That day, the Houghton Lake Chamber of Commerce hosted Hubs ‘n Pubs, a classic car show that attracted auto enthusiasts from near and far. Coincidentally, Brad is also a huge car geek, so it was a given that we’d attend. The rain didn’t stop this annual show from filling up, and we enjoyed drooling over dozens of beautifully restored, colorful automobiles (a welcome contrast to cloudy skies!).
Working up an appetite, we ventured from Prudenville to the top of Houghton Lake, where we stopped in for sandwiches and live music at Northshore Lounge. Filled with outgoing “regulars,” this place was filled with groups of friends and family who all knew one another. This communal focus on people, I realized, was another key component to “living the lake life.”
Later that afternoon, we treated ourselves to a game of miniature golf at Lakeland Recreation, a local park that also offers go-kart racing, batting cages, and arcade games. The putt-putt course was huge and filled with fun, Michigan-themed obstacles, including lighthouses and synthetic grass cut into the shape of the Mitten State. It was definitely a go-to activity for a drizzly day at the lake, as lots of families and couples were out on the AstroTurf that afternoon.
After my excellent putt-putt skills failed me (I lost), we made our way to Trestle Park, an historic site named for the logging railroad train trestle that stood there during the 19th century. Today, the park incorporates a nice playground, lots of historical markers, artifacts, and an awesome railroad mural—all with a great view on the edge of Houghton Lake.
That evening, we followed the advice of the entire Internet and went out for pizza at Buccilli’s. The restaurant was extremely crowded, but there were multiple dining rooms so we were seated right away. Admittedly, our pizza did take a while to hit the table, but the atmosphere was comfortable and our food was amazing, so we didn’t even mind. Boxing up our leftovers, we followed up with dessert at The Custard Cup. Brad raved about the chocolate/vanilla swirl, while I went with an equally awesome, hand-dipped cone that featured ice cream from House of Flavors. Needless to say, we were both happy campers.
Sunday promised clearer skies for boating, but when Brad and I settled in for breakfast at Little Boots Country Diner, the sun had yet to reveal itself. Mulling over our options for the day, we enjoyed a delicious meal of southern-inspired food and considered the risks/benefits of taking a chance on the weather.
The moment we finished our breakfasts and asked for the check, however, we were greeted with an unexpected surprise: the clouds rolled back and the sun came out. Brad smiled like a kid on Christmas morning. We were going out on the lake after all.
Securing a pontoon rental for the afternoon, we set out on Houghton Lake with our fishing poles and swim gear. Not five minutes from the time we left the dock, true story—Brad stopped the boat, threw his line in the water, and caught a bass on his first try. I caught nothing the whole day, so my attention was better focused on taking photos and catching up on my reading. I did redeem myself, however, when Brad let me drive the boat all by myself. I’m basically a pro now, as long as someone’s there to tell me what all the buttons do.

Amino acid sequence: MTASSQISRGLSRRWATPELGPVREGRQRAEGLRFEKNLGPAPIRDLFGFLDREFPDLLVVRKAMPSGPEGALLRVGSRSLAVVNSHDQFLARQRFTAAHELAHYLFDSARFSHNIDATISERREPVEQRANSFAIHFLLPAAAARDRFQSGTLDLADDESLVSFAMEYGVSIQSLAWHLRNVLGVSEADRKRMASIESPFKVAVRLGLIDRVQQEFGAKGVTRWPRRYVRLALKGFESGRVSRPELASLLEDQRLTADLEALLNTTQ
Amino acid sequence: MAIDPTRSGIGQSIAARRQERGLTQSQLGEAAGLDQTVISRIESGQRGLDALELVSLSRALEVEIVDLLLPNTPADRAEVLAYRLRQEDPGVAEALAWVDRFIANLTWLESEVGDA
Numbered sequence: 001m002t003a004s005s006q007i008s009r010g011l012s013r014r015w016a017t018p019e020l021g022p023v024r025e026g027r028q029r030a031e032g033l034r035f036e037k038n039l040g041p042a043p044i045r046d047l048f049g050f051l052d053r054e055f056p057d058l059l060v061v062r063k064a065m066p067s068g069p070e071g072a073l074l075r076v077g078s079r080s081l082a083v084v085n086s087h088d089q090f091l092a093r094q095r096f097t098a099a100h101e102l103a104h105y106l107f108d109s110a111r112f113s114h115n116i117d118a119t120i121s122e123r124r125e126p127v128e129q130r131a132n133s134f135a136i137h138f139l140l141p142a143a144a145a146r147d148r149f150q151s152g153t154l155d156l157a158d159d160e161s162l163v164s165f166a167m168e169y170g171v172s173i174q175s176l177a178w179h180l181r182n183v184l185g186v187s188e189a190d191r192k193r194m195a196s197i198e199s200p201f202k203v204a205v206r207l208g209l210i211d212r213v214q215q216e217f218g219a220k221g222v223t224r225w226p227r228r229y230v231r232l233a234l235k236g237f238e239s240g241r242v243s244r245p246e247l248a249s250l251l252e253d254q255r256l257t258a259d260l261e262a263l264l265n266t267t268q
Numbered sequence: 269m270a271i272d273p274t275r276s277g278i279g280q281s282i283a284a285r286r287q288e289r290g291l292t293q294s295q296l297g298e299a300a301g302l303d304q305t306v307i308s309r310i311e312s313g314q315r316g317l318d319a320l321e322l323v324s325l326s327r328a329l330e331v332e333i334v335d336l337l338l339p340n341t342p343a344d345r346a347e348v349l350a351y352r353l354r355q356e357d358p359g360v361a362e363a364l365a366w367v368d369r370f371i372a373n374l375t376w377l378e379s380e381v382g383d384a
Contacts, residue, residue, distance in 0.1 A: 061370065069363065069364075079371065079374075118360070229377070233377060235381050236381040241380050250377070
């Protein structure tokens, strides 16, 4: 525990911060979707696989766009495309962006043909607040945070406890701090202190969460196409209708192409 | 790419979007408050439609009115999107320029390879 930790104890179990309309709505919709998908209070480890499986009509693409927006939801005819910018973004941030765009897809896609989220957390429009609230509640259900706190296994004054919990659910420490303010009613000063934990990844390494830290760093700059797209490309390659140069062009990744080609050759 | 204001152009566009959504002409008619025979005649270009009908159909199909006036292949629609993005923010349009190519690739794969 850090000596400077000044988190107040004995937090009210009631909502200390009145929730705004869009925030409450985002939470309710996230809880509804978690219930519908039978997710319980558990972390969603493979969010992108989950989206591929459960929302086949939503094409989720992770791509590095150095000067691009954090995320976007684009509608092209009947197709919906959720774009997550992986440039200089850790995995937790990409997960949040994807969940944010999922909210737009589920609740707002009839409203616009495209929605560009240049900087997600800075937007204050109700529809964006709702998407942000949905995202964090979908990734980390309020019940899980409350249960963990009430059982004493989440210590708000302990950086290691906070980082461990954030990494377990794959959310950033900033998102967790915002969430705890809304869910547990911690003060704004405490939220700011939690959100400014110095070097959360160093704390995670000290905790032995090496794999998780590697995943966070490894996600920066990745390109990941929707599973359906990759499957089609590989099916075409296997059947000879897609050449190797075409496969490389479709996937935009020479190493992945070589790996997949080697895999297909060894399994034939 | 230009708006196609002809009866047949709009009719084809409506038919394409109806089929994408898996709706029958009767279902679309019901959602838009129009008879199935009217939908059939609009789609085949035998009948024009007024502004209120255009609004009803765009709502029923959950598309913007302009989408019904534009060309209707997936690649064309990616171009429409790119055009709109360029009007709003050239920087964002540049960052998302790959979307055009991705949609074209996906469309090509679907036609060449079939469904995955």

Halfway through the day, we docked at The Limberlost and ate burgers atop the outdoor balcony. I loved being able to get off the boat, grab lunch, then head back to the lake without having to drive back into town. The view from the restaurant was awesome, too—no wonder The Limberlost is such a popular hangout!
Back on the boat, we decided that we couldn’t call it a day without jumping in the water. Driving out a little bit, we found a clear spot in the sun and gradually lowered ourselves into the shallow lake. I wont lie—it was cold! After a minute, though, we adjusted to the lake temperature and enjoyed swimming around in the clear water. I was also pleasantly surprised to feel soft sand beneath my feet, a contrast to the rocky and/or mucky lake I was expecting.
As the day drew to a close, we admired some of the most beautiful, sparkling water reflections we’d seen in a while and climbed back on the boat to head back. This was when I really started to understand how big Houghton Lake was—I actually had time to take a short nap on the way back to the marina! After packing up the car, we made one last visit to The Custard Cup (I tried the chocolate custard this time—so good!), then spent a few minutes watching osprey at the Houghton Lake Flats before heading down the interstate. Finally, the biggest realization of all hit me.
“Life on the lake” isn’t meant to be described; it’s meant to be experienced. Small towns, good food, your favorite people, and some of the most beautiful scenery nature has to offer—those are things that even an “outsider” like me can wholeheartedly appreciate.
What do summers on the lake mean to you? Do you have fond memories of Houghton Lake and the surrounding area? Comment below!